Saturday, October 27, 2018

From the heart of a step momma

I had a conversation today, and I want to share some of it. I hope it helps anyone who may be walking a similar road. 

Step parenting.
It’s the most difficult thing I’ve ever done. By far. Seeing my mom struggle with Alzheimer’s is hard, but my mom loves me. Unconditionally she loves me. So that aspect of our relationship and the memories we’ve made fills  in a lot of the painful areas and cushions them for me. 

Since I walked into the step mom role five years ago, I’ve faced CONSTANT opposition from several people. 
Hear me, I’m not the kind of person who needs approval. I just kind of do my thing and live my life, knowing I’m not everyone’s cup of tea. However, the constant opposition throughout John’s and my dating and marriage makes for about 8 years of it. And it isn’t people I have the luxury of distancing myself from. I have to see them and deal with them regularly.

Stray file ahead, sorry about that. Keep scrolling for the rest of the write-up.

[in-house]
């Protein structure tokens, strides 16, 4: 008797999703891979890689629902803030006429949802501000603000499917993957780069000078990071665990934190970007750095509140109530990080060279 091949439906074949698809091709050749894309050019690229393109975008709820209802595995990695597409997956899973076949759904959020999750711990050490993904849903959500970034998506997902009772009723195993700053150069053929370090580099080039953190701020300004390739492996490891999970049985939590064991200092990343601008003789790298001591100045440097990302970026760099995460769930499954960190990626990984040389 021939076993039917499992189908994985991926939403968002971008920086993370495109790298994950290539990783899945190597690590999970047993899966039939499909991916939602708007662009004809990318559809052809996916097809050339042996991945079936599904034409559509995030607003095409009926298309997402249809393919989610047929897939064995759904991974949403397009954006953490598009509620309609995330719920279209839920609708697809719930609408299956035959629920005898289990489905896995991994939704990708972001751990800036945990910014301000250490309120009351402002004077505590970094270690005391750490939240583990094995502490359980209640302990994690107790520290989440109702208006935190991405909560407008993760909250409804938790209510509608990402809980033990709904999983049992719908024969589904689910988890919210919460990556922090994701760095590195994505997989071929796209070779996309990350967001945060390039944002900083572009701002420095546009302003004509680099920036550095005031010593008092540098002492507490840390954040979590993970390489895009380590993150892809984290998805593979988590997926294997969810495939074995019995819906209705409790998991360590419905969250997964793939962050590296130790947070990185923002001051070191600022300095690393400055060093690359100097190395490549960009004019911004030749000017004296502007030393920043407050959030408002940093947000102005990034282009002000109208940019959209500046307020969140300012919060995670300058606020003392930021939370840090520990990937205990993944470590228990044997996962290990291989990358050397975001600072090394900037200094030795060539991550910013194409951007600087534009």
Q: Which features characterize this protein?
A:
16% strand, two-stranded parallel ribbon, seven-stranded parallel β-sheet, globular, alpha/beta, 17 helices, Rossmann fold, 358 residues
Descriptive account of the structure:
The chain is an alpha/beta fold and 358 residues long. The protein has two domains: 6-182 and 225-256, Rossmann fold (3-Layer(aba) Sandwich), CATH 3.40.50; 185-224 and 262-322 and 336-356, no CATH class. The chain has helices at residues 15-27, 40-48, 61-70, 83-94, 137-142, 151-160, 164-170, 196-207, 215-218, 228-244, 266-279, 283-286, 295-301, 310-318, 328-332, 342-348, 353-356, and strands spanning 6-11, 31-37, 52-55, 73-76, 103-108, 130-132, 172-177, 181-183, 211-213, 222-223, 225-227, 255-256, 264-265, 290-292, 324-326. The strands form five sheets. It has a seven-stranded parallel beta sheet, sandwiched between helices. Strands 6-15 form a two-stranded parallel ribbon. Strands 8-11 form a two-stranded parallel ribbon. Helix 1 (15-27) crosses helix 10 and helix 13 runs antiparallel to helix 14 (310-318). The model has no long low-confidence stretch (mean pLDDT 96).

And I’ll admit, it’s taken it’s toll. I don’t think I always realize it, but it does. The sudden onset of my life altering anxiety came about a year after my mom was diagnosed with Alzheimer’s and we had to move her out of her house and put her dog to sleep. But it also came the same time Riley moved in full time with her mom, got pregnant, had a miscarriage, and we’ve all been dealing with the aftermath of that. 
I was in a conversation with a PRECIOUS new friend earlier today who text me to check on me. I found myself, as I so often do, trying to explain my relationship with Riley and where I stand in all that’s going on (because I haven’t seen Riley in months and every time someone asks about her I have no clue how to respond....and it’s hard.....and it’s not at all what I figured would be the situation so I’m just trying to roll with it and do the best I can.......) 
At one point I said to my friend, “I hope you don’t think I’m being cold about the situation,” she responded with, “it doesn’t matter what anyone who isn’t living it thinks.”